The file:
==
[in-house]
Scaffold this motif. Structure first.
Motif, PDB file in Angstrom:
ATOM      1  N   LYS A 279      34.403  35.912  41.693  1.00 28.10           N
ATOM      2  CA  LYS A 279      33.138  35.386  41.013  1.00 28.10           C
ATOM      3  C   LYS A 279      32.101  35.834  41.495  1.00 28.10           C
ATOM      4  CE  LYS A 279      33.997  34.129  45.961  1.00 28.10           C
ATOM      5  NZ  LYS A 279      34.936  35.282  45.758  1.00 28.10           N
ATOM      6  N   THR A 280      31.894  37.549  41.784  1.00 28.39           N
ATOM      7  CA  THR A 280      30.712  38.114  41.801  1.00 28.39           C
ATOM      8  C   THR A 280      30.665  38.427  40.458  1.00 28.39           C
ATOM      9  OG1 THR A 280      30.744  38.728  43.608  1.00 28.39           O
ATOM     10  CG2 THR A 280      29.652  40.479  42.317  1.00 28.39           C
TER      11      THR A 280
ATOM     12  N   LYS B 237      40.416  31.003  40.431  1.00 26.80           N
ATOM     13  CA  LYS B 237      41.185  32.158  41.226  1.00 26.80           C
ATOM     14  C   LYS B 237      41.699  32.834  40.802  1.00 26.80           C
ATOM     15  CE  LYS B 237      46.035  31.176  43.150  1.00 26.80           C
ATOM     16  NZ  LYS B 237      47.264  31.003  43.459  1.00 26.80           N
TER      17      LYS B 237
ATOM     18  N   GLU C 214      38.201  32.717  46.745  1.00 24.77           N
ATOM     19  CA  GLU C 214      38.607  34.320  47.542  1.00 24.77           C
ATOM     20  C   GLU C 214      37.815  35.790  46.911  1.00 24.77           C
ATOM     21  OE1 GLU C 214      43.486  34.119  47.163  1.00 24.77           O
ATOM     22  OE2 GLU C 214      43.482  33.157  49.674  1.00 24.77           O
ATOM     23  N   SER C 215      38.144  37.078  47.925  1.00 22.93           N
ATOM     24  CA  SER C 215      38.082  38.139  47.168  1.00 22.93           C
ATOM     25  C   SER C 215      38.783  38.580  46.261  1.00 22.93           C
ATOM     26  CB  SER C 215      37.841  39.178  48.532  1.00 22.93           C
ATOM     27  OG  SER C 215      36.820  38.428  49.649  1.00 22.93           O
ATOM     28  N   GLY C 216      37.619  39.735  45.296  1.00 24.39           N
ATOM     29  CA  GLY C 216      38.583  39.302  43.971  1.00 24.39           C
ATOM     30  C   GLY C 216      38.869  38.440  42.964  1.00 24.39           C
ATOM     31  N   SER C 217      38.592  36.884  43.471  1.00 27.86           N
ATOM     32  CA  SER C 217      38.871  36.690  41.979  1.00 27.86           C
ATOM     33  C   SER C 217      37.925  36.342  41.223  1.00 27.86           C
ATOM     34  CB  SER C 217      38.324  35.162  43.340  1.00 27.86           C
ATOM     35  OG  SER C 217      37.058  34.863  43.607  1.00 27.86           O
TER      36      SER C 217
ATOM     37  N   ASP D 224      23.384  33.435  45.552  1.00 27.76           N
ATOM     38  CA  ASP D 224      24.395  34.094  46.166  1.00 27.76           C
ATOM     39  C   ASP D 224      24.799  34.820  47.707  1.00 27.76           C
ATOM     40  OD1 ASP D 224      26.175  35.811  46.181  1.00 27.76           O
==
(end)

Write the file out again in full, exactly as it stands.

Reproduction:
[in-house]
Scaffold this motif. Structure first.
Motif, PDB file in Angstrom:
ATOM      1  N   LYS A 279      34.403  35.912  41.693  1.00 28.10           N
ATOM      2  CA  LYS A 279      33.138  35.386  41.013  1.00 28.10           C
ATOM      3  C   LYS A 279      32.101  35.834  41.495  1.00 28.10           C
ATOM      4  CE  LYS A 279      33.997  34.129  45.961  1.00 28.10           C
ATOM      5  NZ  LYS A 279      34.936  35.282  45.758  1.00 28.10           N
ATOM      6  N   THR A 280      31.894  37.549  41.784  1.00 28.39           N
ATOM      7  CA  THR A 280      30.712  38.114  41.801  1.00 28.39           C
ATOM      8  C   THR A 280      30.665  38.427  40.458  1.00 28.39           C
ATOM      9  OG1 THR A 280      30.744  38.728  43.608  1.00 28.39           O
ATOM     10  CG2 THR A 280      29.652  40.479  42.317  1.00 28.39           C
TER      11      THR A 280
ATOM     12  N   LYS B 237      40.416  31.003  40.431  1.00 26.80           N
ATOM     13  CA  LYS B 237      41.185  32.158  41.226  1.00 26.80           C
ATOM     14  C   LYS B 237      41.699  32.834  40.802  1.00 26.80           C
ATOM     15  CE  LYS B 237      46.035  31.176  43.150  1.00 26.80           C
ATOM     16  NZ  LYS B 237      47.264  31.003  43.459  1.00 26.80           N
TER      17      LYS B 237
ATOM     18  N   GLU C 214      38.201  32.717  46.745  1.00 24.77           N
ATOM     19  CA  GLU C 214      38.607  34.320  47.542  1.00 24.77           C
ATOM     20  C   GLU C 214      37.815  35.790  46.911  1.00 24.77           C
ATOM     21  OE1 GLU C 214      43.486  34.119  47.163  1.00 24.77           O
ATOM     22  OE2 GLU C 214      43.482  33.157  49.674  1.00 24.77           O
ATOM     23  N   SER C 215      38.144  37.078  47.925  1.00 22.93           N
ATOM     24  CA  SER C 215      38.082  38.139  47.168  1.00 22.93           C
ATOM     25  C   SER C 215      38.783  38.580  46.261  1.00 22.93           C
ATOM     26  CB  SER C 215      37.841  39.178  48.532  1.00 22.93           C
ATOM     27  OG  SER C 215      36.820  38.428  49.649  1.00 22.93           O
ATOM     28  N   GLY C 216      37.619  39.735  45.296  1.00 24.39           N
ATOM     29  CA  GLY C 216      38.583  39.302  43.971  1.00 24.39           C
ATOM     30  C   GLY C 216      38.869  38.440  42.964  1.00 24.39           C
ATOM     31  N   SER C 217      38.592  36.884  43.471  1.00 27.86           N
ATOM     32  CA  SER C 217      38.871  36.690  41.979  1.00 27.86           C
ATOM     33  C   SER C 217      37.925  36.342  41.223  1.00 27.86           C
ATOM     34  CB  SER C 217      38.324  35.162  43.340  1.00 27.86           C
ATOM     35  OG  SER C 217      37.058  34.863  43.607  1.00 27.86           O
TER      36      SER C 217
ATOM     37  N   ASP D 224      23.384  33.435  45.552  1.00 27.76           N
ATOM     38  CA  ASP D 224      24.395  34.094  46.166  1.00 27.76           C
ATOM     39  C   ASP D 224      24.799  34.820  47.707  1.00 27.76           C
ATOM     40  OD1 ASP D 224      26.175  35.811  46.181  1.00 27.76           O